Too busy to sneak in nine holes after work? Don't sweat it. You can get immersed in golf, and even play a round, without leaving your computer.
Created with renowned golf architect Robert Trent Jones Jr., SimGolf enables you to design your own fantasy course by moving bunkers, lakes, trees, and other hazards. It also comes with two PC-playable courses based on real ones designed by Jones: Rancho La Quinta, a new California course, and Hawaii's Prince Course . Unlike other golf PC golf games, SimGolf lets you hit the golf ball by clicking and then sliding the mouse forward to affect the shot's direction. In other words, it takes a little more skill.
Coordinates: $39.00. Maxis, 800-336-2947; http://www.maxis.com/games/simgolf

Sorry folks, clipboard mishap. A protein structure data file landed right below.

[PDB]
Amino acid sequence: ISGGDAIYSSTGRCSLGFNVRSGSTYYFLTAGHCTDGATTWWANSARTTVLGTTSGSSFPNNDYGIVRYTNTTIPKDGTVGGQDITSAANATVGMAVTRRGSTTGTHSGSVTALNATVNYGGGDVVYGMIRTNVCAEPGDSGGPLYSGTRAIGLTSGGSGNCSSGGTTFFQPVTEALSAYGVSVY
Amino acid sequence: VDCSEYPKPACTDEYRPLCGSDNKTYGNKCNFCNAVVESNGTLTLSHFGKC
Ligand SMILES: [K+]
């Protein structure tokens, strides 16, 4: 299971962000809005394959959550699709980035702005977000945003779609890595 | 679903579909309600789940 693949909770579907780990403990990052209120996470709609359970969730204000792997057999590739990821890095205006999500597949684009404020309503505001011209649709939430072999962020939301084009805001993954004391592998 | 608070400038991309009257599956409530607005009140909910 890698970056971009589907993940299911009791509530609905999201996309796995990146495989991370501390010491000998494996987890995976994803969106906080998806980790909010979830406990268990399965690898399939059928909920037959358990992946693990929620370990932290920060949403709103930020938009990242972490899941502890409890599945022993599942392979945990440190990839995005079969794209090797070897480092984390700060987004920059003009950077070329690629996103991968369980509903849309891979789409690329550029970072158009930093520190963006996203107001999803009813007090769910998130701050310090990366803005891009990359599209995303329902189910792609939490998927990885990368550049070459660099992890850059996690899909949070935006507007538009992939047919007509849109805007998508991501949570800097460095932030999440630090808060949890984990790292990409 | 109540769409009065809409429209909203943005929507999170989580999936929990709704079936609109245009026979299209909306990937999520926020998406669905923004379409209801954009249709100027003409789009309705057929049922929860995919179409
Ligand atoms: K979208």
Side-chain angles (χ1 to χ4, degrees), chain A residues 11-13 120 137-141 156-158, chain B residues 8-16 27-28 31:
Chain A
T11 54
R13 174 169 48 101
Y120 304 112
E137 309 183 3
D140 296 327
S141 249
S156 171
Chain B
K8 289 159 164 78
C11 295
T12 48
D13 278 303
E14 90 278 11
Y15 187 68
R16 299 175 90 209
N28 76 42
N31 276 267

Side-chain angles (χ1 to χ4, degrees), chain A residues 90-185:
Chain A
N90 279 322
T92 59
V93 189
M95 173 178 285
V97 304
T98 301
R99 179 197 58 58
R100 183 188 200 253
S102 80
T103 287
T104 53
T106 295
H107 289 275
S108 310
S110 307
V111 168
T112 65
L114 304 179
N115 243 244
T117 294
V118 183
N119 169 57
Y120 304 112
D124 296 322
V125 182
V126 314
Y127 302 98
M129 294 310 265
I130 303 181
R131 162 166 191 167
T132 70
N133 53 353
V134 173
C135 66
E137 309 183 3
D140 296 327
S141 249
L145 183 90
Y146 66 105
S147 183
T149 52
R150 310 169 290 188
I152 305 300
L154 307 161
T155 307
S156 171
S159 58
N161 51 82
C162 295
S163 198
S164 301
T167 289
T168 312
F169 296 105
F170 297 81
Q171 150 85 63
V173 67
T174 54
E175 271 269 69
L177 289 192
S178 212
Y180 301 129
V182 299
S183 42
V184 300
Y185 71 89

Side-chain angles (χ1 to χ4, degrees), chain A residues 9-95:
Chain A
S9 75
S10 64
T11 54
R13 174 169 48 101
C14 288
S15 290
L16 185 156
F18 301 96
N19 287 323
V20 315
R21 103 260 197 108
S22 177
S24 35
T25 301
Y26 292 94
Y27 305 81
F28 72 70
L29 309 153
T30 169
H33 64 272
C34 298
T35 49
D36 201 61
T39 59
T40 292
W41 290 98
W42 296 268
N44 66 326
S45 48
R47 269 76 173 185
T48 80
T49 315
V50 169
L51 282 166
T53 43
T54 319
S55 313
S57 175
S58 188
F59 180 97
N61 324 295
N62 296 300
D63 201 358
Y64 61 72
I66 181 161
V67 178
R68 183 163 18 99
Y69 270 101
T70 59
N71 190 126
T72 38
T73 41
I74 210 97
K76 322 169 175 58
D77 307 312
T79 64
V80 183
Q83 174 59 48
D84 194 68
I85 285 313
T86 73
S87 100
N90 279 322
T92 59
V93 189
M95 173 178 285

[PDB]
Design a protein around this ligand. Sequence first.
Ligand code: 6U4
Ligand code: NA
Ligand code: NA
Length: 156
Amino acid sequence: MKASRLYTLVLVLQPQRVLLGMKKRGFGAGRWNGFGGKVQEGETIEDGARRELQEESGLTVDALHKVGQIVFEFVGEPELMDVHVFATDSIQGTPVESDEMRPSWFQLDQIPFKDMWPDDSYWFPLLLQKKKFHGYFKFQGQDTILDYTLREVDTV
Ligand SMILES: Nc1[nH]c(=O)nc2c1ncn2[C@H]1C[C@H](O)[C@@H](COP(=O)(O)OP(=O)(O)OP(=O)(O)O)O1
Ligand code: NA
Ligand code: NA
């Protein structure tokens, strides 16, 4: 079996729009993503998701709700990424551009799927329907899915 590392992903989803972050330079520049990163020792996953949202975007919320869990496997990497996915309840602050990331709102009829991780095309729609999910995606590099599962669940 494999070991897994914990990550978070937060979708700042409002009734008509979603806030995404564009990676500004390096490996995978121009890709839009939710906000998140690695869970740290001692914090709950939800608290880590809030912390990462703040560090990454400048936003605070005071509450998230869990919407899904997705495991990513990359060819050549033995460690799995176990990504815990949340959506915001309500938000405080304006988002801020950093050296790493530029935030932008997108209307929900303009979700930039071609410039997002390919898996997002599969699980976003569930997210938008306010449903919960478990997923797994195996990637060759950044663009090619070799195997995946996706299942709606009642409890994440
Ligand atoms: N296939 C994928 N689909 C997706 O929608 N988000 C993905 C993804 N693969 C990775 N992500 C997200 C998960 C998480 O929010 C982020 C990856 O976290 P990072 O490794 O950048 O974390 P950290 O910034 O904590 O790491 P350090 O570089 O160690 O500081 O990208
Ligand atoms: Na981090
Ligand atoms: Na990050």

Tee up against Arnold Palmer in the latest release of Links, one of the hottest PC golf games. The CD enables you to pivot a digitized golfer in any direction, control its backswing, and even choose the club. : Before you tee off, check the course layout by taking a simulated fly-by that delivers aerial views of bunkers and hazards. If you bogey, expect some needling from a wise-cracking caddie. Hardware requirements: MS-DOS computers with 386 or faster processors and 4 MB of RAM.
Coordinates: $39.95. Access Software Inc., 800-800-4880; http://www.accesssoftware.com
Launched three years ago by two ex-staffers of Sun Microsystems, GolfWeb lives up to its billing as "Everything Golf on the World Wide Web." Want to know who's leading this years' Masters GolfWeb delivers up-to-the-minute tournament scores, plus photos and audio interviews with the pros. Other features include videoclips of great golfing moments; a database containing layouts of golf courses around the world; and an instructor who emails tips to golfers stuck in bogeyland.
Coordinates: GolfWeb, http://www.golfweb.com
A version of this article appeared in the April/May 1997 issue of Fast Company magazine.